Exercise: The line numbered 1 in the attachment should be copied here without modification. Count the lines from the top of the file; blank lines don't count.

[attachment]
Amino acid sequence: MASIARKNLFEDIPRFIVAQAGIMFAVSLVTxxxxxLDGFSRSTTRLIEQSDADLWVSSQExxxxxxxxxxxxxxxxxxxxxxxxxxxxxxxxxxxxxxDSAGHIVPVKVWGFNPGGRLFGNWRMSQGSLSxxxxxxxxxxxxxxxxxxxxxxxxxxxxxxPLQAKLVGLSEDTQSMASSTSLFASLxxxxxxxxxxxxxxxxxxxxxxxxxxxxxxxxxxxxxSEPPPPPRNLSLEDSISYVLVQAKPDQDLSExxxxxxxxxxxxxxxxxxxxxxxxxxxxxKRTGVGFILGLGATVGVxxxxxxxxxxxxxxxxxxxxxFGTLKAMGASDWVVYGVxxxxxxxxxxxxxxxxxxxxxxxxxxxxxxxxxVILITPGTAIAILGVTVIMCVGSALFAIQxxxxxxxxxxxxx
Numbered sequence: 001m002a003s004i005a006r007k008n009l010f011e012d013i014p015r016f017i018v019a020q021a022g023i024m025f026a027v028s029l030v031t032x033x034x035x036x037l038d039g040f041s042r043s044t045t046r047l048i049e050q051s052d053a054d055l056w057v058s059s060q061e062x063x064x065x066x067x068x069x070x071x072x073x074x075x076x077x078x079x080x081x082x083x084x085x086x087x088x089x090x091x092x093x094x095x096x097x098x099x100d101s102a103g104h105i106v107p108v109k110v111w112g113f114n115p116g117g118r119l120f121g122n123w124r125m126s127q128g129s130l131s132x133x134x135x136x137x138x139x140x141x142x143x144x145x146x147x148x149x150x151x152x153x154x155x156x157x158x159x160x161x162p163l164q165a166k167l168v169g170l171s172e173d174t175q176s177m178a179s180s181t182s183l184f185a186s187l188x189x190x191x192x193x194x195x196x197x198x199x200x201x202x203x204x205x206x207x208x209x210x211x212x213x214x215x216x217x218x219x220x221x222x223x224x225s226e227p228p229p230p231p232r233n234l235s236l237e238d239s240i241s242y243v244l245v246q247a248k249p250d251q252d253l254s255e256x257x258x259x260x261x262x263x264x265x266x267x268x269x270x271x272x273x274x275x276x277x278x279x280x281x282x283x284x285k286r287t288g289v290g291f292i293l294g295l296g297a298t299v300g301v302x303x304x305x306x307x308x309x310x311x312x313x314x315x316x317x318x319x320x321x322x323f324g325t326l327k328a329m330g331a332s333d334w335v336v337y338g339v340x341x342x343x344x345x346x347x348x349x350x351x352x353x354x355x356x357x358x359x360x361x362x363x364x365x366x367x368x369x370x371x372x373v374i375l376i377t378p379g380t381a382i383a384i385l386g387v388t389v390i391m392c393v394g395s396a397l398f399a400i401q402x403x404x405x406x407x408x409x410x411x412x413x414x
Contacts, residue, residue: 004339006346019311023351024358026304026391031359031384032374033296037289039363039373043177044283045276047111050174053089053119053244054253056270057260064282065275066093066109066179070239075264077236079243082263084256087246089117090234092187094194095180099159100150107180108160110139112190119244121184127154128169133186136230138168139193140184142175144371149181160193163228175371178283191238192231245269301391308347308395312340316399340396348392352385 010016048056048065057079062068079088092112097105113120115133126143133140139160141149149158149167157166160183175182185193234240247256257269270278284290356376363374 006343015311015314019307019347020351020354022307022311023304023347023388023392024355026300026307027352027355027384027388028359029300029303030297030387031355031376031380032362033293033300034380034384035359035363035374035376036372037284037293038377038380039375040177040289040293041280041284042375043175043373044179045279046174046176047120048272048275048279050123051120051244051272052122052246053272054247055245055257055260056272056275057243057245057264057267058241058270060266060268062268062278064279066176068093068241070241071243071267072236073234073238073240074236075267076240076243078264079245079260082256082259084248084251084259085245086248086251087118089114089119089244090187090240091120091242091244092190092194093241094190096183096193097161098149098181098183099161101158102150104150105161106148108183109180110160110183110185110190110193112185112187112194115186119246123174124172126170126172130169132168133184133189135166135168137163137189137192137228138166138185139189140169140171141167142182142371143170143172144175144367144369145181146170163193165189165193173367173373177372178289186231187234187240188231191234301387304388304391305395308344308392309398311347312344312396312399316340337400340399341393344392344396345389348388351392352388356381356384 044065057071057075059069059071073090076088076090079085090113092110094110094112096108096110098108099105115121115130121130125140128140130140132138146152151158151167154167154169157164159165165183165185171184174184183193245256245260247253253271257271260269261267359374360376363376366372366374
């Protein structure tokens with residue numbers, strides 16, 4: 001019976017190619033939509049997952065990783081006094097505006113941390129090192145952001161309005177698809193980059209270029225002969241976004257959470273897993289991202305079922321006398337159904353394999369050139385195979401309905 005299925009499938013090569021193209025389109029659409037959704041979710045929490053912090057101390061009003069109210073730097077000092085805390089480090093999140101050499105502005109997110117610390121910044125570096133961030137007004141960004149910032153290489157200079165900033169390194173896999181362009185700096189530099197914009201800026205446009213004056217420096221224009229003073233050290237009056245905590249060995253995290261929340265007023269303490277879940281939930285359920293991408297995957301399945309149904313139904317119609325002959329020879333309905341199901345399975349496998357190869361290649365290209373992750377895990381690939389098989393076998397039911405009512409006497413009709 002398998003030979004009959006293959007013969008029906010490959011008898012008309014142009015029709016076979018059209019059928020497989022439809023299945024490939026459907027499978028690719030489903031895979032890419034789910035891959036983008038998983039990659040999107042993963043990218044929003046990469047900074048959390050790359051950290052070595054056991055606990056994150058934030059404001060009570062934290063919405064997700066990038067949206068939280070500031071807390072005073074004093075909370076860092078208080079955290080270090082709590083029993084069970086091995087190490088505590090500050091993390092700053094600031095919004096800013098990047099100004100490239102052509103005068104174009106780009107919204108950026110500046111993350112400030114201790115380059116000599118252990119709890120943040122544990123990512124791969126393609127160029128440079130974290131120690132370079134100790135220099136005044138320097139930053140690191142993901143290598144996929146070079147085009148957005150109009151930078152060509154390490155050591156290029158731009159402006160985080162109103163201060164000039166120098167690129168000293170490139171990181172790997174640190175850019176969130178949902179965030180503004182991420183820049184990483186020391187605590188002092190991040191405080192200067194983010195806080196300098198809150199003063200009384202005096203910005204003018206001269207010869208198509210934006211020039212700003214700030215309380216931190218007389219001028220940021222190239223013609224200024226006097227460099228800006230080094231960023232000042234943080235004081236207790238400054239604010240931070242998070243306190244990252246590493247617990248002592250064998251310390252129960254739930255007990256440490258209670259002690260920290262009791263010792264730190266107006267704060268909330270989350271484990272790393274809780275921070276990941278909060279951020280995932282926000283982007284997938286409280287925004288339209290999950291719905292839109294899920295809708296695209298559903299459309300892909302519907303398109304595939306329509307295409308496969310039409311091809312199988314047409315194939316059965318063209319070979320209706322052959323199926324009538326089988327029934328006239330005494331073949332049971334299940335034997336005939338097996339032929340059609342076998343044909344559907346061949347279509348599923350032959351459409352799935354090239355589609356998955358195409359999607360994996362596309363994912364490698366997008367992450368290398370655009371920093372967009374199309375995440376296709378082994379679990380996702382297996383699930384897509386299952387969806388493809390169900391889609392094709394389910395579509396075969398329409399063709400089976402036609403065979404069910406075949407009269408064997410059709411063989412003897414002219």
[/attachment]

Amino acid sequence: MASIARKNLFEDIPRFIVAQAGIMFAVSLVTxxxxxLDGFSRSTTRLIEQSDADLWVSSQExxxxxxxxxxxxxxxxxxxxxxxxxxxxxxxxxxxxxxDSAGHIVPVKVWGFNPGGRLFGNWRMSQGSLSxxxxxxxxxxxxxxxxxxxxxxxxxxxxxxPLQAKLVGLSEDTQSMASSTSLFASLxxxxxxxxxxxxxxxxxxxxxxxxxxxxxxxxxxxxxSEPPPPPRNLSLEDSISYVLVQAKPDQDLSExxxxxxxxxxxxxxxxxxxxxxxxxxxxxKRTGVGFILGLGATVGVxxxxxxxxxxxxxxxxxxxxxFGTLKAMGASDWVVYGVxxxxxxxxxxxxxxxxxxxxxxxxxxxxxxxxxVILITPGTAIAILGVTVIMCVGSALFAIQxxxxxxxxxxxxx